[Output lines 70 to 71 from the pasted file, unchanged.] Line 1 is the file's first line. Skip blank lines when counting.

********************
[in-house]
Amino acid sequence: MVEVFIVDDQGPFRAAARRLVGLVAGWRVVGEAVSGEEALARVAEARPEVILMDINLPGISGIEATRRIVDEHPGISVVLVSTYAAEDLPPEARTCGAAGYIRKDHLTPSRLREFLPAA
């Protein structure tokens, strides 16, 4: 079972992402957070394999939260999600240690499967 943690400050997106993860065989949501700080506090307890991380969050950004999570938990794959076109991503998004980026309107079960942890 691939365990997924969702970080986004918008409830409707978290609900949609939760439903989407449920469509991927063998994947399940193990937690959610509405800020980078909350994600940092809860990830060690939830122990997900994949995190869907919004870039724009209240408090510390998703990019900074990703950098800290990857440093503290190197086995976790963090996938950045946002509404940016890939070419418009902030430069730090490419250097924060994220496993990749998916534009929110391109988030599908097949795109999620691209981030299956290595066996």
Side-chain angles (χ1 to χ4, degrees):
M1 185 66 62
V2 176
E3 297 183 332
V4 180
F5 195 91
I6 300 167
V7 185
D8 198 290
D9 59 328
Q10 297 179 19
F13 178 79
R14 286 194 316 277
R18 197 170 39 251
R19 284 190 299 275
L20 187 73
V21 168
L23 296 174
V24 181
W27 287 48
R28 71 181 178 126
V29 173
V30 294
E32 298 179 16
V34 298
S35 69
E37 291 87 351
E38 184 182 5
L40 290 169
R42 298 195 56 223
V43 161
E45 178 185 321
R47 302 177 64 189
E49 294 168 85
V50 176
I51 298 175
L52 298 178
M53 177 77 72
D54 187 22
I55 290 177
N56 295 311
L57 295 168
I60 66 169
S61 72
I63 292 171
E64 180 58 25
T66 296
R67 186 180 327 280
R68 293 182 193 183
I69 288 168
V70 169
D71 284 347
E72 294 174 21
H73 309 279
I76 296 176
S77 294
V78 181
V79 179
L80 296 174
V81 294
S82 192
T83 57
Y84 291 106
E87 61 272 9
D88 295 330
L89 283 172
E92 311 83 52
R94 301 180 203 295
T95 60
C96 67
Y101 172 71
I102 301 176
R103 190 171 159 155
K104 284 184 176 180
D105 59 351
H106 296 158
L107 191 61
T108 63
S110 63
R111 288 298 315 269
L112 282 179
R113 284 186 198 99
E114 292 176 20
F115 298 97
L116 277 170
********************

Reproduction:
E92 311 83 52
R94 301 180 203 295